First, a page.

Search
  • John Prior

Inflation

The topic of inflation has dominated the airwaves in recent months. It’s not all that matters to markets but when you look at the way markets react to incoming data and various missives from central bank talking heads, it is almost all that matters. There have been plenty of recent data points, indicating that prices are going up. On 12th May, US Core CPI registered a month-on-month gain of 0.9% which is the highest reading since 1982. The prices of everything from copper to lumber and used cars to shipping are going through the roof.


The key word at the centre of the great inflation debate is “transitory”, i.e. are the current price increases that we are seeing a short-term phenomenon due to temporary Covid-related issues or something more pernicious. So far, those in positions of authority have fallen very much in the transitory camp, which of course should come as no surprise.


Their task is an unenviable one. In the aftermath of the pandemic, government debt levels in countries such as the US and the UK have exploded to levels that are unprecedented in peacetime. The current policy agenda dictates that they will continue to expand into the future. Historically rising inflation would have meant rising interest rates, but with debt where it is that is no longer an option.


For example, with US Debt/GDP at 130%, if interest rates rise materially, interest expense will quickly take up a huge portion of tax receipts. On a recent interview on CNBC, legendary investor Stan Druckenmiller highlighted that if US 10-year yields rose to 4.9%, which is the Congressional Budget Office’s (CBO) official projection, annual interest expense will exceed 30% of tax revenues. Were this to occur, it would trigger a debt spiral and the destruction of the US Treasury market as well as just about everything else. This will be avoided at all costs. The time for normalising rates can only come after the debt has been significantly reduced, one way or another.


The only way out of this problem is to get nominal GDP (real growth plus inflation) growing rapidly and at a rate far above the cost of the debt. However, a necessary consequence of this strategy is that the bond market is going to get destroyed in real terms. The real fireworks start if the bond market realises its fate and capital tries to escape. At this point, the choice will be between letting rates rise as bond holders flee into more finite assets, destroying the economy and sending the country careering towards nominal default, or the central bank printing the money to buy every bond that is sold. Hence the central banker’s job is to facilitate the government’s drive for nominal growth while simultaneously convincing the bond market that it is not about to be boiled alive.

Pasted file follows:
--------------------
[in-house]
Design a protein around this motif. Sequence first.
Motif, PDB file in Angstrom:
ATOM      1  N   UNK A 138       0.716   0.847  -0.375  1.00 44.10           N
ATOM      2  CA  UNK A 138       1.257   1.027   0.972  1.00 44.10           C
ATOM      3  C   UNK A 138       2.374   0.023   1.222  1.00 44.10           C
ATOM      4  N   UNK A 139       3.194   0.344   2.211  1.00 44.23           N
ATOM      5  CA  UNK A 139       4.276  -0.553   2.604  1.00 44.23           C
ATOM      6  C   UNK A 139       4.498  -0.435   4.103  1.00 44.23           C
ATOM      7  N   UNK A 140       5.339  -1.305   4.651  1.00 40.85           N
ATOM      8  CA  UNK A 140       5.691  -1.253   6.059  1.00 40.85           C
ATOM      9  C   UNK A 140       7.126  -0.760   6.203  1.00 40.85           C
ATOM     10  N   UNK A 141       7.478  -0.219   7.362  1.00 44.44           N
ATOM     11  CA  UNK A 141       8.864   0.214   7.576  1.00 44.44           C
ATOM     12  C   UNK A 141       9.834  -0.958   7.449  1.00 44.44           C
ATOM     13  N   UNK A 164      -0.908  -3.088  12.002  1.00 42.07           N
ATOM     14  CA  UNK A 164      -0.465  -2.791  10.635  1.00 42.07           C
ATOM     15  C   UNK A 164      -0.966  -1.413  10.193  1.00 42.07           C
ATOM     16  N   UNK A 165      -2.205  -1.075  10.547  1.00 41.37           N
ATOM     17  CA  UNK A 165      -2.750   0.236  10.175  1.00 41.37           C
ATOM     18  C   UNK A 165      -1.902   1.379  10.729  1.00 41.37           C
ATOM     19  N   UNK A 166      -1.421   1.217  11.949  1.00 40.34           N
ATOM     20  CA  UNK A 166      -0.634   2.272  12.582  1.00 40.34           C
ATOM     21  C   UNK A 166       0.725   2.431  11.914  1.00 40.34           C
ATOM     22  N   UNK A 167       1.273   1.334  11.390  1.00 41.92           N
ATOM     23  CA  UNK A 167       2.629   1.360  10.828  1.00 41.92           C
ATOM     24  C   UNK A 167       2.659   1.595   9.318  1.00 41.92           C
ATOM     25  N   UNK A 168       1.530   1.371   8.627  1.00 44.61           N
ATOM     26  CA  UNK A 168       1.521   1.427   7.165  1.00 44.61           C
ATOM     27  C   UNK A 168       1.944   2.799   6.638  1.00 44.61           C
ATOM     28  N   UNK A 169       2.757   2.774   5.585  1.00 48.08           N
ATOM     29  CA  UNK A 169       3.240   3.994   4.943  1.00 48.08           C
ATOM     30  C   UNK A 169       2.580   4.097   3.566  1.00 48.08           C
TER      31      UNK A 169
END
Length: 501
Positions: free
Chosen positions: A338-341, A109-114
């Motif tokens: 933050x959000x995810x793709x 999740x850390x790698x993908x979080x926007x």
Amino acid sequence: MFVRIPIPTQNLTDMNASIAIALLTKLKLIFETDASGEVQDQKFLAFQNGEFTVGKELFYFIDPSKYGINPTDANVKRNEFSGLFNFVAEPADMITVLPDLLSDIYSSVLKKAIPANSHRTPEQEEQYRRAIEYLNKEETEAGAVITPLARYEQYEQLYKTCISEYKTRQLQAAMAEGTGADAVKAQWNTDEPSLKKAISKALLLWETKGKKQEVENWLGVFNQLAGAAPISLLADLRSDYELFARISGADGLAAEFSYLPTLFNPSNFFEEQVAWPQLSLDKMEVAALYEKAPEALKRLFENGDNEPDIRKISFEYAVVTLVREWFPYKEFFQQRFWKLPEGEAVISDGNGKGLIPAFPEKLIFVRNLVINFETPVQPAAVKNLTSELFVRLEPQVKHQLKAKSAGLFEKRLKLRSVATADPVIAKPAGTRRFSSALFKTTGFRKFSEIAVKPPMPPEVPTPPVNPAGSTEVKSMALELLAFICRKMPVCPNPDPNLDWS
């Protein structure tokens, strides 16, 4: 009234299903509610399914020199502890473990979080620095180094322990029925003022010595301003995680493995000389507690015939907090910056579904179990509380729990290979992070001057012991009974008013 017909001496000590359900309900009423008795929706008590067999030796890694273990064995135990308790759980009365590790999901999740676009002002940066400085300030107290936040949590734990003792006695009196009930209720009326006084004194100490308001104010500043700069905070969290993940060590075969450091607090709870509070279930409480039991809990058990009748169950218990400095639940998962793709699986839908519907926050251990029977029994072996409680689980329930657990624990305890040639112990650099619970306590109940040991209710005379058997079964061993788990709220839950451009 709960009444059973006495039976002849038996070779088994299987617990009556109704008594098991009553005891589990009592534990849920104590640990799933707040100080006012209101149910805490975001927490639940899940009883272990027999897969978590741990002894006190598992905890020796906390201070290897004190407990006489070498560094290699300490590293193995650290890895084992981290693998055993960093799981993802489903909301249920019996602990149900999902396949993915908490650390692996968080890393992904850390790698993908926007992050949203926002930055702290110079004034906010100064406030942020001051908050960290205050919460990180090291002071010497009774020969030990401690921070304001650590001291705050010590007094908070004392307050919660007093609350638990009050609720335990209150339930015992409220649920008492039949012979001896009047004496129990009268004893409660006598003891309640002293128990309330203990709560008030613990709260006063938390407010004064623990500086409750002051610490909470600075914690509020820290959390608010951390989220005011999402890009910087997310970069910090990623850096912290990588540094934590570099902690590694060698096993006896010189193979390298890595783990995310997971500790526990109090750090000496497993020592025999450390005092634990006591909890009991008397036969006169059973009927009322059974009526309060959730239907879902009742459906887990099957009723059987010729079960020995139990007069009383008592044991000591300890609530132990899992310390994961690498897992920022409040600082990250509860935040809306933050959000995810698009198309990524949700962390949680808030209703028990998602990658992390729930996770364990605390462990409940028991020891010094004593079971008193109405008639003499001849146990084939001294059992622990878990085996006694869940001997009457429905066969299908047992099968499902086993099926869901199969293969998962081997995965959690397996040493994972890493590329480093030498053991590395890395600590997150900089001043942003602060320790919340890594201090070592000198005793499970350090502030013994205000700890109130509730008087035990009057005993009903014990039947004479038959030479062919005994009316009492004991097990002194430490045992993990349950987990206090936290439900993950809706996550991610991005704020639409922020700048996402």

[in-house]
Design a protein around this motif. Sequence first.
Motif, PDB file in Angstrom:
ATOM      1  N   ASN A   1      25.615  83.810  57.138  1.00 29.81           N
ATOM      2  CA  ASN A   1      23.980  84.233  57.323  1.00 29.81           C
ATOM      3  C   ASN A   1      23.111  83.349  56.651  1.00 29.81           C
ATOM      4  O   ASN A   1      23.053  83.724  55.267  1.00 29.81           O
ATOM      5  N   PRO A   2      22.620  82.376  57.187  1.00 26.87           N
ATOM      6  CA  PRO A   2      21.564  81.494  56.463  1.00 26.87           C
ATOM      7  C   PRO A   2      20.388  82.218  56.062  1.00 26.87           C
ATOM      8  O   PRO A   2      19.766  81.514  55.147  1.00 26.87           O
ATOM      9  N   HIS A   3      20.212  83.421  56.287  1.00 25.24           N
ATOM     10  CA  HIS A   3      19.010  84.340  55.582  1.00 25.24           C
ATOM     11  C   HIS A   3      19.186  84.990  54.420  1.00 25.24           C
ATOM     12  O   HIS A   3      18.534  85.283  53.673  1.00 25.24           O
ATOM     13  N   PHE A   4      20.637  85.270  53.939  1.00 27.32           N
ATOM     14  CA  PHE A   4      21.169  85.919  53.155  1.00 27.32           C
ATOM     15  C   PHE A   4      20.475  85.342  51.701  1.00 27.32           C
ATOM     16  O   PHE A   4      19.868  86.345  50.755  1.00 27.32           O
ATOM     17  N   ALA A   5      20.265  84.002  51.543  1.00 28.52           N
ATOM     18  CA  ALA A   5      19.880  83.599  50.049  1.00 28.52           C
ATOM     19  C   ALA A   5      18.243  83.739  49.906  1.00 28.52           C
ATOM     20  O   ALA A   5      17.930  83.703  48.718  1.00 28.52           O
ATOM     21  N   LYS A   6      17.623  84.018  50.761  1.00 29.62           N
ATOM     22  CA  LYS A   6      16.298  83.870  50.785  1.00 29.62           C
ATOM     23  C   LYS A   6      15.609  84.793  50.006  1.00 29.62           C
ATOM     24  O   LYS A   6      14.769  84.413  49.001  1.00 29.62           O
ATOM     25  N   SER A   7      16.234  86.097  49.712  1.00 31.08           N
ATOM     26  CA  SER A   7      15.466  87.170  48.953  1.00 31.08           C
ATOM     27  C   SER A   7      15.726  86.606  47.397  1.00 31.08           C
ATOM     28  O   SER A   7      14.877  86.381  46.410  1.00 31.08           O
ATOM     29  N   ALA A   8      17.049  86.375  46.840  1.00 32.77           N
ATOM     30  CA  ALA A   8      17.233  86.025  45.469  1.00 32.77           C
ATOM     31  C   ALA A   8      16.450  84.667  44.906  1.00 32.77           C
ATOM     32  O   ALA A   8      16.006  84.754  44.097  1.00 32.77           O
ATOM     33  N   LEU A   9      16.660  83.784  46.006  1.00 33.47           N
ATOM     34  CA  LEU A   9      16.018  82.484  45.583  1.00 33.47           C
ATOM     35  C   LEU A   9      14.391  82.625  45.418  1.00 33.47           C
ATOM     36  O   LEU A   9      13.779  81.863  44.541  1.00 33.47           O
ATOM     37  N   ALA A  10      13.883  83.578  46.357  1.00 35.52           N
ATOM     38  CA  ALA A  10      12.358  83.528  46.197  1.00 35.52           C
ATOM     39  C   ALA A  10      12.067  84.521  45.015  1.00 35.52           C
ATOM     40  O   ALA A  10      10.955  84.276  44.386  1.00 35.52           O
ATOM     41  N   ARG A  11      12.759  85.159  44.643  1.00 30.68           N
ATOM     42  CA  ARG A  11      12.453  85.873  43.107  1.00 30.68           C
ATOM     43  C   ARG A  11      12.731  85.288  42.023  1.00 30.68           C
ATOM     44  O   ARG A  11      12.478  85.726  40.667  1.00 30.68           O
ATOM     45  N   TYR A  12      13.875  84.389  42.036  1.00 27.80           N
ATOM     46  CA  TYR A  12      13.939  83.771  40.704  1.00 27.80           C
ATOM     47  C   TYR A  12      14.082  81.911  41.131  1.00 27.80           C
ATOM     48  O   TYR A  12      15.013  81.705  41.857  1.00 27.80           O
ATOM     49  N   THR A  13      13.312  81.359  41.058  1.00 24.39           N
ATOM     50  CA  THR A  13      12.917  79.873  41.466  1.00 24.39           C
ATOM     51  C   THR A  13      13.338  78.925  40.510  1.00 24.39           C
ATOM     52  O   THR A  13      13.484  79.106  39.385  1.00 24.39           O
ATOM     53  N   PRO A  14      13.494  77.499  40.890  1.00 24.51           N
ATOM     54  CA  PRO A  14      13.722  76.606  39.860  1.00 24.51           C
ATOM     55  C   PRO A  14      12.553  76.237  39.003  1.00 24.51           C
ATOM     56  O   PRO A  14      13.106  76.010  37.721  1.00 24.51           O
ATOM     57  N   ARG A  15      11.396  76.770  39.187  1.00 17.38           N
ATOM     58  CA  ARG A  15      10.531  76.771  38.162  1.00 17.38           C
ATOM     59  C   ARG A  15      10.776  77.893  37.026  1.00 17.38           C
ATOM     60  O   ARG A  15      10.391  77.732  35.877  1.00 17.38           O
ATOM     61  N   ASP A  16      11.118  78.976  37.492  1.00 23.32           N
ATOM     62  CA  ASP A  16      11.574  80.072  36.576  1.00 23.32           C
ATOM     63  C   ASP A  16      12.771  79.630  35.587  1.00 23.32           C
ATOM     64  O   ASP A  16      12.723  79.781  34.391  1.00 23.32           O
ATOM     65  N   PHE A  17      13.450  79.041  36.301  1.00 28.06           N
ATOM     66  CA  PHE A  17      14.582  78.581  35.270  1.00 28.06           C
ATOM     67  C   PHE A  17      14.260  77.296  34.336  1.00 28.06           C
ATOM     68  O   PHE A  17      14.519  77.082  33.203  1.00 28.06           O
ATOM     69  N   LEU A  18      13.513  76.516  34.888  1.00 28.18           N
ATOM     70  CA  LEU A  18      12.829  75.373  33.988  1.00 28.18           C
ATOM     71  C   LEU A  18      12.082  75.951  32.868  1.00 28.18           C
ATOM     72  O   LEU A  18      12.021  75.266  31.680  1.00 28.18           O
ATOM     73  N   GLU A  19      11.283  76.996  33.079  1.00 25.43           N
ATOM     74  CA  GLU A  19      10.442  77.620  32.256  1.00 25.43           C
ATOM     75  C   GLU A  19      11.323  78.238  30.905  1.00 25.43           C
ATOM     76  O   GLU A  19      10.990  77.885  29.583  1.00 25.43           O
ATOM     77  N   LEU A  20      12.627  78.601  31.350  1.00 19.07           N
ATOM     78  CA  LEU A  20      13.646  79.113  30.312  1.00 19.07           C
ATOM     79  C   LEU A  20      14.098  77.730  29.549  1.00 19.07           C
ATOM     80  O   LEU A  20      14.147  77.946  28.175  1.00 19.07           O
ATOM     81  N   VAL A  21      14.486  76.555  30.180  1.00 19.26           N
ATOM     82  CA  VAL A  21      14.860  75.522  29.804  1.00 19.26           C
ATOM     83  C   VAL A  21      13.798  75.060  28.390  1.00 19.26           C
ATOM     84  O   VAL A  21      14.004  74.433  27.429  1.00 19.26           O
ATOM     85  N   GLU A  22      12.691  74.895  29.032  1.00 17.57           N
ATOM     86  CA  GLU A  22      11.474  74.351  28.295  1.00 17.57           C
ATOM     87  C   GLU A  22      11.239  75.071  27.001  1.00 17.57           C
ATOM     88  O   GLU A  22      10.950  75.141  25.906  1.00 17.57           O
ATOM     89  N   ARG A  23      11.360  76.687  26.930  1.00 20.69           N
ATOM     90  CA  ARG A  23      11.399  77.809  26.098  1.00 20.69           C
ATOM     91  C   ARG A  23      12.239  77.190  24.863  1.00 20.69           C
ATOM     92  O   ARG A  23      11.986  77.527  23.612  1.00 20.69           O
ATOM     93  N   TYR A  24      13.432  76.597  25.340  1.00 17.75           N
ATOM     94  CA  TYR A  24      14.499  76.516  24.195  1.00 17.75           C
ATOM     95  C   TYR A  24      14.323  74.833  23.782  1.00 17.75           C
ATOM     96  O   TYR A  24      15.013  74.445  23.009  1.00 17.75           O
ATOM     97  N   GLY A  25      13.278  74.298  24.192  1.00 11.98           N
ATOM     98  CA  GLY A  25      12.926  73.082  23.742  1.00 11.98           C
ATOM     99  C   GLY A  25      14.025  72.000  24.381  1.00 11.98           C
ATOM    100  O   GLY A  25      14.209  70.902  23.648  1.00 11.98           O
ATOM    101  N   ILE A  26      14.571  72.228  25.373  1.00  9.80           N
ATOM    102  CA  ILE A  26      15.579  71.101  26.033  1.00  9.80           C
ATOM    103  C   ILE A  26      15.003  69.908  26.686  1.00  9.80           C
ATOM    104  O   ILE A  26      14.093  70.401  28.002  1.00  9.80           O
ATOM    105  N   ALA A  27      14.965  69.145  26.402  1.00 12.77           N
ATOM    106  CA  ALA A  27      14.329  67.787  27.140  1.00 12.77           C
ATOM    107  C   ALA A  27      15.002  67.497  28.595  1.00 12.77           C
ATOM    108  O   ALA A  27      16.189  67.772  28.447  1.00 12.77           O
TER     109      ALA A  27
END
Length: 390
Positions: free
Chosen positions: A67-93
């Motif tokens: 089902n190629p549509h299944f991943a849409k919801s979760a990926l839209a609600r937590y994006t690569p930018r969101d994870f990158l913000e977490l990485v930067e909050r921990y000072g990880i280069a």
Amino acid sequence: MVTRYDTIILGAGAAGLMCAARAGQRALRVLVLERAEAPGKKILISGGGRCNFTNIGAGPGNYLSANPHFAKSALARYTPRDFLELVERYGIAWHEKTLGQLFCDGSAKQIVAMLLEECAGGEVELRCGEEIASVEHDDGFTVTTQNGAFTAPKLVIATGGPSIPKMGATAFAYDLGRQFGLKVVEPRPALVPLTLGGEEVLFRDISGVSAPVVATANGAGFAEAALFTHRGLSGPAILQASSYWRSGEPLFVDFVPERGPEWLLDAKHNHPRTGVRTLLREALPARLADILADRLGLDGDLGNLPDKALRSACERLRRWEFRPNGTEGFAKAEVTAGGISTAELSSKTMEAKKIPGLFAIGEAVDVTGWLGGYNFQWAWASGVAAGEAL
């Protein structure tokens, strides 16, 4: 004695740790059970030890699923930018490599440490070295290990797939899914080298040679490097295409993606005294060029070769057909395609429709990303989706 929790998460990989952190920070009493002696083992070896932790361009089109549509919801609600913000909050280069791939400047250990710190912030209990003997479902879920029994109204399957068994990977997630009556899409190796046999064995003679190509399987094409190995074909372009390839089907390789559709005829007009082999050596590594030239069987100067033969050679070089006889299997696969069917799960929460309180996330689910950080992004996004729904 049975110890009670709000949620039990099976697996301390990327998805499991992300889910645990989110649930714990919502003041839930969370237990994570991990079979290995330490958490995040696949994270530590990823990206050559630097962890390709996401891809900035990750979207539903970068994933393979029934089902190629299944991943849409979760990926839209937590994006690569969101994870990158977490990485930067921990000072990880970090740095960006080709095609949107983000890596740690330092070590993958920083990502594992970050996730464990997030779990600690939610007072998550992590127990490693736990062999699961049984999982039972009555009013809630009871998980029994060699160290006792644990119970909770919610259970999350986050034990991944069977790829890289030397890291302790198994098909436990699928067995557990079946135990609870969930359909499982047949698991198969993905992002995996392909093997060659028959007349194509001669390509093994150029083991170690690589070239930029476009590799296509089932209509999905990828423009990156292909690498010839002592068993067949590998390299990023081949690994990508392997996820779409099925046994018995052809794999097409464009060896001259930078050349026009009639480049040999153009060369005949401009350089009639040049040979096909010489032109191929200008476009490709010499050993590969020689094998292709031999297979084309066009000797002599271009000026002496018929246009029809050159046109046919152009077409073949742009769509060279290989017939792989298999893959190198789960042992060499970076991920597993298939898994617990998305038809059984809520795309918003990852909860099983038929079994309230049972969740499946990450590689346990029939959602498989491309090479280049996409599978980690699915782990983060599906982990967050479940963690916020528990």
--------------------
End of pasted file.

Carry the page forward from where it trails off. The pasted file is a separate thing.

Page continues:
Circling back to the current inflation narrative, on Wednesday, minutes from FOMC meeting illustrated the predicament. “A number of participants remarked that supply chain bottle-necks and input shortages may not be resolved quickly and, if so, these factors could put upward pressure on prices beyond this year. They noted that in some industries, supply chain disruptions appeared to be more persistent than originally anticipated and reportedly had led to higher input costs. Despite the expected short-run fluctuation in measured inflation, many participants commented that various measures of longer-term inflation expectations remained well anchored at levels broadly consistent with achieving the Committee’s longer-run goals.” The Fed sees “inflation” and “not inflation” in the same paragraph.


To our mind the real decision has been made and that is the only one that is politically feasible. Governments will spend and central banks will do what they must. While they will do their best to talk tough, the notion that central bank independence will somehow stand in the way can safely be discarded. Robert Skidelsky writing in Project Syndicate put it in the following blunt terms.


“The fact that fiscal policy is now driving monetary policy in the United Kingdom cannot be admitted, and not only to maintain the perception of central-bank independence. More fundamentally, admitting that the Bank of England is an agent of the Treasury would destroy the intellectual edifice of current macroeconomic theory.” It is hard to disagree.


US Inflation Swap Forward 5Y5Y




20 views0 comments

Recent Posts

See All